Passing through the Sound Barrier was thought to be impossible in 1947
Yeager in the Bell X-1 Glamorous Glennis did it
2019 much interest in SST and significant opposition
One of the great test pilots flew Glamorous Glennis in 1947 and visions of SST flight exploded among aeronautical engineers and airline planners. The Concorde broke the commercial barrier, but its economic performance broke the model of future supersonic flight.
Here’s a brief review of Yeager’s historical accomplishment and then a collection of past and future SSTs.
October 14 1947
U.S. Air Force Captain Chuck Yeager becomes the first person to fly faster than the speed of sound.
Yeager, born in Myra, West Virginia, in 1923, was a combat fighter during World War II and flew 64 missions over Europe. He shot down 13 German planes and was himself shot down over France, but he escaped capture with the assistance of the French Underground. After the war, he was among several volunteers chosen to test-fly the experimental X-1 rocket plane, built by the Bell Aircraft Company to explore the possibility of supersonic flight.
For years, many aviators believed that man was not meant to fly faster than the speed of sound, theorizing that transonic drag rise would tear any aircraft apart. All that changed on October 14, 1947, when Yeager flew the X-1 over Rogers Dry Lake in Southern California. The X-1 was lifted to an altitude of 25,000 feet by a B-29 aircraft and then released through the bomb bay, rocketing to 40,000 feet and exceeding 662 miles per hour (the sound barrier at that altitude). The rocket plane, nicknamed “Glamorous Glennis” (after Yeager’s wife), was designed with thin, unswept wings and a streamlined fuselage modeled after a .50-caliber bullet.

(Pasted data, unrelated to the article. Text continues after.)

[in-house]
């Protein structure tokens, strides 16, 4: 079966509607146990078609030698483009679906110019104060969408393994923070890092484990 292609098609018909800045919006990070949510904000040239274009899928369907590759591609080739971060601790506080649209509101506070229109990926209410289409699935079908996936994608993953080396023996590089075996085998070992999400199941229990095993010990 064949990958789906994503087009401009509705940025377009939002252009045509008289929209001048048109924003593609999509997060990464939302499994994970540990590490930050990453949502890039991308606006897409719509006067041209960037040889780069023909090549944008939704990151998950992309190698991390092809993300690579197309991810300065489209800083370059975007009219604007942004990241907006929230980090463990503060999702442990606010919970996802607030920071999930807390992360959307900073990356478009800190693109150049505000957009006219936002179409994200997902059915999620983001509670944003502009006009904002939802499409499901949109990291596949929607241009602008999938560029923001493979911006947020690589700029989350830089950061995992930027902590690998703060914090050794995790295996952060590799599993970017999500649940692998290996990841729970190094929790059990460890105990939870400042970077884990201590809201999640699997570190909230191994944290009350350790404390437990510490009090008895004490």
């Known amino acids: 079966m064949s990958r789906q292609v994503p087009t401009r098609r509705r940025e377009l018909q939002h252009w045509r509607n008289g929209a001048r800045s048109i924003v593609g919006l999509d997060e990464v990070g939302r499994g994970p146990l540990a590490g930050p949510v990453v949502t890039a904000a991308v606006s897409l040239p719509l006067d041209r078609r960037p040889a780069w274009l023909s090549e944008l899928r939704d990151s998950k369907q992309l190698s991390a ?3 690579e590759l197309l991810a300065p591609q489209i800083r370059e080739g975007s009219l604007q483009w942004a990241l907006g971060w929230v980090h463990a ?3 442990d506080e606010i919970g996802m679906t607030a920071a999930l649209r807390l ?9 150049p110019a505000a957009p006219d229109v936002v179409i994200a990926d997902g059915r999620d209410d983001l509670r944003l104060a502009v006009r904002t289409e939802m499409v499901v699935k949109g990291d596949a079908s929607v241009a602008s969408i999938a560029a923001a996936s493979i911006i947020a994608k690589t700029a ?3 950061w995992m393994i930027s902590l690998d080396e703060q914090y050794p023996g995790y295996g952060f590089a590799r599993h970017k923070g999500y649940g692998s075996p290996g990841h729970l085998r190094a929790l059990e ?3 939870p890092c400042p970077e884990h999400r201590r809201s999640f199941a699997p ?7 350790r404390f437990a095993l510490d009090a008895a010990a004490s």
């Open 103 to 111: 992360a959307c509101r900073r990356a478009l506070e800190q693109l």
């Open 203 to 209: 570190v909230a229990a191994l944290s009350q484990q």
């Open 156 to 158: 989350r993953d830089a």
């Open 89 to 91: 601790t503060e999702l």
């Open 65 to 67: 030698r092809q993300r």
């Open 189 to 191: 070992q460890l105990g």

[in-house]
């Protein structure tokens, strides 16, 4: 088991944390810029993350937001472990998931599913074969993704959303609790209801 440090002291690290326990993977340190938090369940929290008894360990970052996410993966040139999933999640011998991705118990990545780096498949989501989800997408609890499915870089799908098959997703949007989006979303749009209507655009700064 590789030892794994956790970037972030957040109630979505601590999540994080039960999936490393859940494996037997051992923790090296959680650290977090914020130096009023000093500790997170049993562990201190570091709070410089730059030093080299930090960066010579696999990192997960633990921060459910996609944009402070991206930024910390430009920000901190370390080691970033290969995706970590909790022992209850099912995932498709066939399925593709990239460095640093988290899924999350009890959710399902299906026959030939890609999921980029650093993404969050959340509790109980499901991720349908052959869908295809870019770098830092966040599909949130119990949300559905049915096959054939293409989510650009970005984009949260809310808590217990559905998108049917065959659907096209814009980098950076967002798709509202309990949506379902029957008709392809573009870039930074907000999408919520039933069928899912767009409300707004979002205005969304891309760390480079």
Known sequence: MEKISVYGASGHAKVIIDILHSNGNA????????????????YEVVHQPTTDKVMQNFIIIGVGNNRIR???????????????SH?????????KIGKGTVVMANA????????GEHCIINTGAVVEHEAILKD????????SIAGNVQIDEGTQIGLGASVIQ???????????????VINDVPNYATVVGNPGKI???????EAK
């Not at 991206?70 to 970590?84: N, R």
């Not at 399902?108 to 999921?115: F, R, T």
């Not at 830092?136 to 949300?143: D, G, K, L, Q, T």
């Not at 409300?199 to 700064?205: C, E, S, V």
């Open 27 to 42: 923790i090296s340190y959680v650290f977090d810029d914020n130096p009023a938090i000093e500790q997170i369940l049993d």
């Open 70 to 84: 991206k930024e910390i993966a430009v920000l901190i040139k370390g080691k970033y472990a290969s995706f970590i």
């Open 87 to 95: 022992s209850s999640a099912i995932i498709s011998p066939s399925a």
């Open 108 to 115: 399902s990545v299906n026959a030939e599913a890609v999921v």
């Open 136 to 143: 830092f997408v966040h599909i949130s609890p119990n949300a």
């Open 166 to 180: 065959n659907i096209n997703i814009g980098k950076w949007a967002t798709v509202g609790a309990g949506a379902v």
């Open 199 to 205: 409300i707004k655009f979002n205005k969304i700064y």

Because of the secrecy of the project, Bell and Yeager’s achievement was not announced until June 1948. Yeager continued to serve as a test pilot, and in 1953 he flew 1,650 miles per hour in an X-1A rocket plane. He retired from the U.S. Air Force in 1975 with the rank of brigadier general.
Here are some of the past and future SSTs and some of the challenges that remain after 72 years:
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There is a bow wave of SST interest and it is not clear whether those visions will become realities—not so much from a technology standpoint, but political/environmental perspective. Would it shock Yeager how little the SST has wrought?
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